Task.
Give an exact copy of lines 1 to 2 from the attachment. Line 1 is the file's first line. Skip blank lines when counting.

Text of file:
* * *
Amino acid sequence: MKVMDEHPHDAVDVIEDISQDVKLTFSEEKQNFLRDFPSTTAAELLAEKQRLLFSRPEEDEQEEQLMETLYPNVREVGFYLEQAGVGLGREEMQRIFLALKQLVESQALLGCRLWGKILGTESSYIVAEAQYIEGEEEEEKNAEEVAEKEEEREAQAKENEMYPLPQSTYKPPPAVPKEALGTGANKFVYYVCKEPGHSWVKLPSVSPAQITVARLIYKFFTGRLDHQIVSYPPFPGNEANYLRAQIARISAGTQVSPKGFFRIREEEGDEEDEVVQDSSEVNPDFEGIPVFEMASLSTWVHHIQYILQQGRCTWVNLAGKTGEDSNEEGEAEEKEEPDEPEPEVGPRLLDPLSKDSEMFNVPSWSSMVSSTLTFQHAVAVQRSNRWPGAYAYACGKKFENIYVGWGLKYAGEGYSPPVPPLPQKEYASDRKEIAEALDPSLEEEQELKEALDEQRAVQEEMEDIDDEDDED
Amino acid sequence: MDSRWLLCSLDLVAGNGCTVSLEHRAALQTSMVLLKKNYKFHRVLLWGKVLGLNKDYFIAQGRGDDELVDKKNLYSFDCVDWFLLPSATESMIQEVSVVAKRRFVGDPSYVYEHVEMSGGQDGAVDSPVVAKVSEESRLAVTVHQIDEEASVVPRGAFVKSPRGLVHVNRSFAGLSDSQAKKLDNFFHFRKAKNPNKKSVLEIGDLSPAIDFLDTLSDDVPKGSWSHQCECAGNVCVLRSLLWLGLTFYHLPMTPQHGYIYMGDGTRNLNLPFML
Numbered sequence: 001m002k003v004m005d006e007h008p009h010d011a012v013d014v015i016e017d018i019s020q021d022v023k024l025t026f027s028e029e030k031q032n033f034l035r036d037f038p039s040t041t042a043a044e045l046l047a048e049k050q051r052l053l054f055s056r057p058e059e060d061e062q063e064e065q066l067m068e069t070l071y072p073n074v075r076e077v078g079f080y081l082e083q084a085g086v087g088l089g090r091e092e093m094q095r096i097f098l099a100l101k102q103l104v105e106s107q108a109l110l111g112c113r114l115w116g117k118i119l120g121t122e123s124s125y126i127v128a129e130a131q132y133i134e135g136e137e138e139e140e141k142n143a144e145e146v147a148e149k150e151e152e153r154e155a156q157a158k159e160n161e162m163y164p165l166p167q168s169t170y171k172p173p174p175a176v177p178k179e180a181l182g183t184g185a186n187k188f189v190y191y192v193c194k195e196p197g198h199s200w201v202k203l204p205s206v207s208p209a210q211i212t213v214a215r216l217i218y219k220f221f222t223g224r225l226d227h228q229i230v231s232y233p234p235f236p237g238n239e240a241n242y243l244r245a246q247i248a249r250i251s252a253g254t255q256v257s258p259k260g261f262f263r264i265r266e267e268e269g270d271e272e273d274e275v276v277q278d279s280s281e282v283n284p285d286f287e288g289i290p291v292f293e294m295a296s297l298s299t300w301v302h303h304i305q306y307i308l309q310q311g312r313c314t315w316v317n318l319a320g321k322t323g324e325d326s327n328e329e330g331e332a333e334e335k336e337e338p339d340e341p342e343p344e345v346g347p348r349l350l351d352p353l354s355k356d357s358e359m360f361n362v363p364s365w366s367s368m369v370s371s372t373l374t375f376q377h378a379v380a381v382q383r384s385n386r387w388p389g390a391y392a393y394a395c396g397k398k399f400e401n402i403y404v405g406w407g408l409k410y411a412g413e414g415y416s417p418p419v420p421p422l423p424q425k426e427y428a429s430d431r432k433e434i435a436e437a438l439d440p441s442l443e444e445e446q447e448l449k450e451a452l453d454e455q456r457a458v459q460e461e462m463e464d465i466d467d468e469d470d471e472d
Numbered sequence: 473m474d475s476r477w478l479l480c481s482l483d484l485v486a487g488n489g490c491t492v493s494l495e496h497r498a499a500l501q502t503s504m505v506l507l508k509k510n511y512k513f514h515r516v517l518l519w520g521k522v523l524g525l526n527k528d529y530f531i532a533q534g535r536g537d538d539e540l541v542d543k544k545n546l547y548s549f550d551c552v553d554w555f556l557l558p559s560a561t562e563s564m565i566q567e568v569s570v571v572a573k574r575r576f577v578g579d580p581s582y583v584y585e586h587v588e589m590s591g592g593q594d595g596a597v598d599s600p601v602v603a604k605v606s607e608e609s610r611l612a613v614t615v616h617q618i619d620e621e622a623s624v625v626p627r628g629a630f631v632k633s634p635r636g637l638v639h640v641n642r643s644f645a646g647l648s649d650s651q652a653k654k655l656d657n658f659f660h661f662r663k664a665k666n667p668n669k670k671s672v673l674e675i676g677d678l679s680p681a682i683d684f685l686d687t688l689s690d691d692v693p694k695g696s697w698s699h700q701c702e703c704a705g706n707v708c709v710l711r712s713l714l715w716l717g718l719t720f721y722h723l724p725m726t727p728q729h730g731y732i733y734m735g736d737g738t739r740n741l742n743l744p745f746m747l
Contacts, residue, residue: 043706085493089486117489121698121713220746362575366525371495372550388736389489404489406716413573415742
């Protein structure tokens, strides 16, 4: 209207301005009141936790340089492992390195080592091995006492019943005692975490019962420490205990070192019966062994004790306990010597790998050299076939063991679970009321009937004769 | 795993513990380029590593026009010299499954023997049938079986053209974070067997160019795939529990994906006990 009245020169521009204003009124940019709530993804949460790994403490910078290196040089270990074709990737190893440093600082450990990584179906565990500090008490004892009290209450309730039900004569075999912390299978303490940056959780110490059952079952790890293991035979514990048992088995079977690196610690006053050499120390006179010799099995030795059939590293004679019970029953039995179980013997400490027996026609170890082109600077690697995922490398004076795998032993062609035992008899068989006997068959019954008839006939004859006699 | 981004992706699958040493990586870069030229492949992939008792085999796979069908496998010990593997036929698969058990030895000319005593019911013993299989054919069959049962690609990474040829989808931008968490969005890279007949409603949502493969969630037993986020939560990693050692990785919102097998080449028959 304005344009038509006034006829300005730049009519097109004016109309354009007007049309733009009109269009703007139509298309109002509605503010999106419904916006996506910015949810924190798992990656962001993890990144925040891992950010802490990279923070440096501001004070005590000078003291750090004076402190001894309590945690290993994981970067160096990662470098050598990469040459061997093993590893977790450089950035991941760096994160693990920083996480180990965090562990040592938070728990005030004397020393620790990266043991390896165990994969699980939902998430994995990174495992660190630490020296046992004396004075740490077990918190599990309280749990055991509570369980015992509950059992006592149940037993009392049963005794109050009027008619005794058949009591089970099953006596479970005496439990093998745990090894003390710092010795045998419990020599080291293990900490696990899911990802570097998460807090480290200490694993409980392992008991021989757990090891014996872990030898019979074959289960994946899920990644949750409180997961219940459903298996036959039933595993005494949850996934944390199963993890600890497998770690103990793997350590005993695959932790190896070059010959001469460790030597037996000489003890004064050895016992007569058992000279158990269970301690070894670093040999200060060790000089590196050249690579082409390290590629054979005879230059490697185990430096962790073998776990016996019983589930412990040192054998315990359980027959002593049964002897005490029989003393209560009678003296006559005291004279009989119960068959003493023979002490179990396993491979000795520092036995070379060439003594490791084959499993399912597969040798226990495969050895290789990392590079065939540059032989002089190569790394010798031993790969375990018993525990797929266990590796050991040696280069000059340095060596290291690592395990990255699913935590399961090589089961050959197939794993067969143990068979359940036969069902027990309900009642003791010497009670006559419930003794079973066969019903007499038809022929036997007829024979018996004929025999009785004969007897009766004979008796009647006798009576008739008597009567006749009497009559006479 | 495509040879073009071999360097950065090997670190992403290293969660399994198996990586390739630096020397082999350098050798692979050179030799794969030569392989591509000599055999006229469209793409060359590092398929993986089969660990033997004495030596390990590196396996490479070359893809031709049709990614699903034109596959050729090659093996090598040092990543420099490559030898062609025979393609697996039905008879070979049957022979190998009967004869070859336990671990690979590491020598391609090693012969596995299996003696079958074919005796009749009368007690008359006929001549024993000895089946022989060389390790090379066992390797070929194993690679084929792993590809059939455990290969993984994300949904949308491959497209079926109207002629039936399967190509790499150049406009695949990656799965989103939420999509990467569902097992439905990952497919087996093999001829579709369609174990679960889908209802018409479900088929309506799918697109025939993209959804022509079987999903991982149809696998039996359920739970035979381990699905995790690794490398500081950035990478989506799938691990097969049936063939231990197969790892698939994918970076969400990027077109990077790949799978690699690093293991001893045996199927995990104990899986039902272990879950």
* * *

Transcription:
Amino acid sequence: MKVMDEHPHDAVDVIEDISQDVKLTFSEEKQNFLRDFPSTTAAELLAEKQRLLFSRPEEDEQEEQLMETLYPNVREVGFYLEQAGVGLGREEMQRIFLALKQLVESQALLGCRLWGKILGTESSYIVAEAQYIEGEEEEEKNAEEVAEKEEEREAQAKENEMYPLPQSTYKPPPAVPKEALGTGANKFVYYVCKEPGHSWVKLPSVSPAQITVARLIYKFFTGRLDHQIVSYPPFPGNEANYLRAQIARISAGTQVSPKGFFRIREEEGDEEDEVVQDSSEVNPDFEGIPVFEMASLSTWVHHIQYILQQGRCTWVNLAGKTGEDSNEEGEAEEKEEPDEPEPEVGPRLLDPLSKDSEMFNVPSWSSMVSSTLTFQHAVAVQRSNRWPGAYAYACGKKFENIYVGWGLKYAGEGYSPPVPPLPQKEYASDRKEIAEALDPSLEEEQELKEALDEQRAVQEEMEDIDDEDDED
Amino acid sequence: MDSRWLLCSLDLVAGNGCTVSLEHRAALQTSMVLLKKNYKFHRVLLWGKVLGLNKDYFIAQGRGDDELVDKKNLYSFDCVDWFLLPSATESMIQEVSVVAKRRFVGDPSYVYEHVEMSGGQDGAVDSPVVAKVSEESRLAVTVHQIDEEASVVPRGAFVKSPRGLVHVNRSFAGLSDSQAKKLDNFFHFRKAKNPNKKSVLEIGDLSPAIDFLDTLSDDVPKGSWSHQCECAGNVCVLRSLLWLGLTFYHLPMTPQHGYIYMGDGTRNLNLPFML